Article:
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action admiration advantage affected afford antient appears application authority beauty becauſe beſt caſe character circumſtances comedy comic COMMENTARY common concerned conſidered criticiſm critics deſign doubt drama excellence expreſſion fame firſt follows force further genius give given Greek hand hath hence himſelf honour human humour idea imitation important inſtance itſelf judgment juſt kind language learned leaſt leſs manners matter means ment merit mind moſt muſt nature object obſerved occaſion original particular paſſion perſons picture Plautus plays pleaſe pleaſure poem poet poet's poetry practice preſent principles proper purpoſe reader reaſon repreſent repreſentation ridicule Roman rules ſaid ſame ſay ſcene ſeems ſenſe ſeveral ſhould ſome ſpeaking ſpecies ſtill ſubject ſuch taken taſte themſelves theſe thing thoſe thought tragedy true truth turn uſe virtues whoſe writers
Page 133 - And therefore it was ever thought to have some participation of divineness, because it doth raise and erect the mind, by submitting the shows of things to the desires of the mind ; whereas reason doth buckle and bow the mind unto the nature of things.
Page 140 - The poet's eye in a fine frenzy rolling, Doth glance from heav'n to earth, from earth to heav'n ; And as imagination bodies forth The forms of things unknown, the poet's pen Turns them to shape, and gives to airy nothing A local habitation and a name. Such tricks hath strong imagination.
Page 114 - ... to hold children, from play, and old men from the chimney corner*.
Page 30 - Praecipue cum se numeris commendat et arte : Discit enim citius meminitque libentius illud Quod quis deridet, quam quod probat et veneratur.
Page 14 - Parthis mendacior, et prius orto sole vigil calamum et chartas et scrinia posco.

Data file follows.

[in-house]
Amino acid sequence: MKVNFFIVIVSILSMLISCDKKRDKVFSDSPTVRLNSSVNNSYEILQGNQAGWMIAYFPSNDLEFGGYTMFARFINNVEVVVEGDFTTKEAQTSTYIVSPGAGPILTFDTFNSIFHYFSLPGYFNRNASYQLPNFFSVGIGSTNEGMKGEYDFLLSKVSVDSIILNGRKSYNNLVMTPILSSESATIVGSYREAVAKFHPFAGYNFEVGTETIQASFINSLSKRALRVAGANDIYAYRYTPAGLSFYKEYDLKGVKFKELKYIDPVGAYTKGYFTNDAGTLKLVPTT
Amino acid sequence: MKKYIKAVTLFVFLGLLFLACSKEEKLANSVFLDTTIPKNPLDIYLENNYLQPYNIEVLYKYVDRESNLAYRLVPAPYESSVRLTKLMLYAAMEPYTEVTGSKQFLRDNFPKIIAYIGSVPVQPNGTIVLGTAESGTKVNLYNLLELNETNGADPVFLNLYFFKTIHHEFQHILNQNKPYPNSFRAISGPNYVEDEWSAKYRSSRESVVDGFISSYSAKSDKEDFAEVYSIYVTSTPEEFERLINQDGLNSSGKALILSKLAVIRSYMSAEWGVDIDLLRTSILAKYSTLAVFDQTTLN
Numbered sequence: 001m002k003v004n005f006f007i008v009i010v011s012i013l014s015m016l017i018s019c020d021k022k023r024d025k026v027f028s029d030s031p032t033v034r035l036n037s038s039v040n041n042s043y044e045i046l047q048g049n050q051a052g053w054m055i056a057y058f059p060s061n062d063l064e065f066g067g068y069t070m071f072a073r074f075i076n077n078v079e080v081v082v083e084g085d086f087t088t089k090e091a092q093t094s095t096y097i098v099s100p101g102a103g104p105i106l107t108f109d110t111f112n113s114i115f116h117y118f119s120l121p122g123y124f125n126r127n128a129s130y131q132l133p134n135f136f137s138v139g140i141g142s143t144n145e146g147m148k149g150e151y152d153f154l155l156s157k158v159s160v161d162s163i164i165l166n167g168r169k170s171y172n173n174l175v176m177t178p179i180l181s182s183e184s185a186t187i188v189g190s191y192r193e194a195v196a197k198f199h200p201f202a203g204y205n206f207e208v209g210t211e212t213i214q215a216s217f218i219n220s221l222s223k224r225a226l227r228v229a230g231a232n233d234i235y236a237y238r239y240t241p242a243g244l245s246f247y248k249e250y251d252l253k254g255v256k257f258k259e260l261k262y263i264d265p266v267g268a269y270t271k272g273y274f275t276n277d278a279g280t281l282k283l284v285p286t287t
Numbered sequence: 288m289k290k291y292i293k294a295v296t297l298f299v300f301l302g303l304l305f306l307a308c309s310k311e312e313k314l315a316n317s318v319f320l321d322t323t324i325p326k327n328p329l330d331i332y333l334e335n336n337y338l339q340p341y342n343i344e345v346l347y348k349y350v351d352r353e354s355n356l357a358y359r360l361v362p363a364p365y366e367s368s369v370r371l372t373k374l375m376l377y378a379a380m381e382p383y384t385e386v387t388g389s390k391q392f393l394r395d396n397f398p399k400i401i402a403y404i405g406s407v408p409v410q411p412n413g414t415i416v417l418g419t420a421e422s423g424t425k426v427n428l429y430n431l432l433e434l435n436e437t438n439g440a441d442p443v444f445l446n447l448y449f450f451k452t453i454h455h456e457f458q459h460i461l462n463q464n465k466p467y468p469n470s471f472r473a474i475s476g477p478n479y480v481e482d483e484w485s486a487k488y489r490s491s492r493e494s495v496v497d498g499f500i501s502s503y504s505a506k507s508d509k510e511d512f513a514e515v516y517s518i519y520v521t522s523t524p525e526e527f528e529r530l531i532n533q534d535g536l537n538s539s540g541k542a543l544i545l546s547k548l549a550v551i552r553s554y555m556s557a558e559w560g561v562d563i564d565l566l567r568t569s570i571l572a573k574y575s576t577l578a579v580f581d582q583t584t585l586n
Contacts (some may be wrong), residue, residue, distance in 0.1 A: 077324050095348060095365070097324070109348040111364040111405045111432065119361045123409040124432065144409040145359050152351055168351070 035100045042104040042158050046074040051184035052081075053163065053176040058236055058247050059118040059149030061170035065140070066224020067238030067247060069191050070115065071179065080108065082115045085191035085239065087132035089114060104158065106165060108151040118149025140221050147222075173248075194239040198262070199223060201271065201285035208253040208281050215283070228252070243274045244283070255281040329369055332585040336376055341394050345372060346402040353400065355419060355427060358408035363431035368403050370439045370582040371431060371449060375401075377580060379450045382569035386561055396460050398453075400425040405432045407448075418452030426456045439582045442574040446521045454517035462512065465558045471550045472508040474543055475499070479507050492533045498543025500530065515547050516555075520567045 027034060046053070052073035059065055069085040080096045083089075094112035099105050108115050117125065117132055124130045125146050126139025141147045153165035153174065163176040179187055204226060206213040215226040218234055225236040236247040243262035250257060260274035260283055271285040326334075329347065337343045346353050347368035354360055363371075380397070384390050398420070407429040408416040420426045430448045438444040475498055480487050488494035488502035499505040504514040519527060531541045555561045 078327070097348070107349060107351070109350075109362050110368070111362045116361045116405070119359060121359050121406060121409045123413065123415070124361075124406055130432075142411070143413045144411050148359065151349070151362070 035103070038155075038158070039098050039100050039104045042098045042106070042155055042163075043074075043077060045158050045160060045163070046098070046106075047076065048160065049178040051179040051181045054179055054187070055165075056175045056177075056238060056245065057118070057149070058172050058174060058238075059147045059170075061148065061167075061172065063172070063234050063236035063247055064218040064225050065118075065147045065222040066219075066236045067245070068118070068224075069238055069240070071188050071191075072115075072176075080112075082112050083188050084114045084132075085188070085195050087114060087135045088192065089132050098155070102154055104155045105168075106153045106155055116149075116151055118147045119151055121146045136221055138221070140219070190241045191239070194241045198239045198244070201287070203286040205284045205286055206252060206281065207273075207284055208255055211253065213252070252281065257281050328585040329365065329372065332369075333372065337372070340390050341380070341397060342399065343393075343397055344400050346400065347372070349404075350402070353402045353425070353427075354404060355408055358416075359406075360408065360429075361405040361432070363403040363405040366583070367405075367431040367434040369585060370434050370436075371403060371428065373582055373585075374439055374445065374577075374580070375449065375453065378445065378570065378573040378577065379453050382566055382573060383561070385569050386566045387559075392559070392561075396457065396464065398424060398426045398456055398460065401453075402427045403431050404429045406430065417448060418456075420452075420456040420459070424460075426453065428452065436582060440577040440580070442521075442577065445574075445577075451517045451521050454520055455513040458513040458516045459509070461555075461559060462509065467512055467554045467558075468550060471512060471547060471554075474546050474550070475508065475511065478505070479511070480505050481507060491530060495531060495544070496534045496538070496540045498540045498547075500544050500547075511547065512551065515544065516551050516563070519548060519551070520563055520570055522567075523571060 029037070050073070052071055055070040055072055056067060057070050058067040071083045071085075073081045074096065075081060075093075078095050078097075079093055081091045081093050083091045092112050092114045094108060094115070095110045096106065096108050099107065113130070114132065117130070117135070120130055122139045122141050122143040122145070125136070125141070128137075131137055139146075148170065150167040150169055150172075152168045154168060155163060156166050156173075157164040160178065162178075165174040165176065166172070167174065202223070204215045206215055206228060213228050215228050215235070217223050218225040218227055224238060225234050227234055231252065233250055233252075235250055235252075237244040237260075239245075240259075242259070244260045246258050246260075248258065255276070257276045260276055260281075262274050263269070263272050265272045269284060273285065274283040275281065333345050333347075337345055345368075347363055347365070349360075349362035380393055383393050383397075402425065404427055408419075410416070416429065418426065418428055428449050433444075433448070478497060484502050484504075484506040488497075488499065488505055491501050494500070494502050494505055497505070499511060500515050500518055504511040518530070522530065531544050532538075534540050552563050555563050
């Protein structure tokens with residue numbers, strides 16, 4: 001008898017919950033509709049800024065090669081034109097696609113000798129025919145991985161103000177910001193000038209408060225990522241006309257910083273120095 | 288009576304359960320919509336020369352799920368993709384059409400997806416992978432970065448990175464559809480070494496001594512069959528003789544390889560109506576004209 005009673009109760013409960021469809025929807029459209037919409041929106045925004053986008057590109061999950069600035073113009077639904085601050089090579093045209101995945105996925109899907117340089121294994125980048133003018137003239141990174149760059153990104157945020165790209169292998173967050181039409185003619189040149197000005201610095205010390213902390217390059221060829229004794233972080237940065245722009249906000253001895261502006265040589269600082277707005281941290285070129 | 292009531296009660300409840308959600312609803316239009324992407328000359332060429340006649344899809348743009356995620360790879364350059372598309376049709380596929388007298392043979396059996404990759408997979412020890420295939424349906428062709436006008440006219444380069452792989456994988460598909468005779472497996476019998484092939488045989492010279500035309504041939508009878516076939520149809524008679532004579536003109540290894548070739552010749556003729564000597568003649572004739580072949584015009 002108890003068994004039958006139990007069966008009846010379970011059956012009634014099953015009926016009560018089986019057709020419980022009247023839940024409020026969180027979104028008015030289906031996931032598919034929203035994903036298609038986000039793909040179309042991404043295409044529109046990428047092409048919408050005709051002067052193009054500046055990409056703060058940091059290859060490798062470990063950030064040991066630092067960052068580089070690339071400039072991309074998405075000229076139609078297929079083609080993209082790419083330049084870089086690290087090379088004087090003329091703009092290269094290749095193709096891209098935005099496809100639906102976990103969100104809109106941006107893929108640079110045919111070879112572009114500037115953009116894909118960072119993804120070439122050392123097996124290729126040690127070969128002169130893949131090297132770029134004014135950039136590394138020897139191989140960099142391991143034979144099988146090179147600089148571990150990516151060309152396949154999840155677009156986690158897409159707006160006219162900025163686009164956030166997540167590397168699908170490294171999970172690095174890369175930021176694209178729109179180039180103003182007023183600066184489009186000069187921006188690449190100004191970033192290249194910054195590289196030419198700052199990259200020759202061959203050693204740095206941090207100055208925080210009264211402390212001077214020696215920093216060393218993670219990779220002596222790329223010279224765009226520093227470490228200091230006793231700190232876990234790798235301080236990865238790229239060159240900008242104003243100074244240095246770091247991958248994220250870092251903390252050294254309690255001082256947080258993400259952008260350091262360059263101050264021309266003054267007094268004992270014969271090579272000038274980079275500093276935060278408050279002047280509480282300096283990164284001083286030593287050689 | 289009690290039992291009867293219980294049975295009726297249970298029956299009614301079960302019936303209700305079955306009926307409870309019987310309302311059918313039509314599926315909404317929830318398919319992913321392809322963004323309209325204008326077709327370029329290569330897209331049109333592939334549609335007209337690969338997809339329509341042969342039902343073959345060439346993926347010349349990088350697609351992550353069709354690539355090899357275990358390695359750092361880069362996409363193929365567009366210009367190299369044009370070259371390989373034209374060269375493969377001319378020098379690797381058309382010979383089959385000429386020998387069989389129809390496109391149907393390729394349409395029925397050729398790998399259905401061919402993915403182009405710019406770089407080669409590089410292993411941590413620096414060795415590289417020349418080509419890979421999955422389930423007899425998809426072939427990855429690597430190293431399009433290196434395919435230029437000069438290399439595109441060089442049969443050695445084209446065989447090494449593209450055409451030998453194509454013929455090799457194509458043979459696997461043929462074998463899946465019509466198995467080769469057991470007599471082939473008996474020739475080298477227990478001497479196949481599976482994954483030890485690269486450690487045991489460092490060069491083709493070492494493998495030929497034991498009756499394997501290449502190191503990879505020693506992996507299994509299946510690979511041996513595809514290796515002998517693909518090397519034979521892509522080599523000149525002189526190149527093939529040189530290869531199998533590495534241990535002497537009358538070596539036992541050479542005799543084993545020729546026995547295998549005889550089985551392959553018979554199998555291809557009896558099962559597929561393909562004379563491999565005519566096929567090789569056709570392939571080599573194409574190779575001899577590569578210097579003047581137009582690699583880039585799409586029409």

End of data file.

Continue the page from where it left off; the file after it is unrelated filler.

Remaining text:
Page 72 - This way of joining two such different ideas as chariot and counsel to the same verb is mightily used by Ovid, but is a very low kind of wit, and has always in it a mixture of pun, because the verb must be taken in a different sense when it is joined with one of the things, from what it has in conjunction with the other.
Page 186 - ... portraits of this vicious taste are the admiration of common starers, who, if they find a picture of a miser for instance (as there is no commoner subject of moral portraits) in a collection, where every muscle is strained, and feature hardened into the expression of this idea, never fail to profess their wonder and approbation of it. — On this idea of excellence, Le Brun's book of the PASSIONS...
Page 157 - But Italy, reviving from the trance Of Vandal, Goth, and Monkish ignorance, With pauses, cadence, and well-vowell'd words, And all the graces a good ear affords, Made rhyme an art, and Dante's polish'd page Restored a silver, not a golden age.
Page 79 - They took it, in short, for a mere modern flourish, totally different from the pure unaffected manner of genuin antiquity. And thus far they unquestionably judged right. Their defect was in not seeing that the use of it, as here employed by the Poet, was an exception to the general rule. But to have seen this was not...
Page 141 - When the received system of manners or religion in any country, happens to be so constituted as to suit itself in some degree to this extravagant turn of the human mind, we may expect that poetry will seize it with avidity, will dilate upon it with pleasure, and take a pride to erect its specious wonders on so proper and convenient a ground.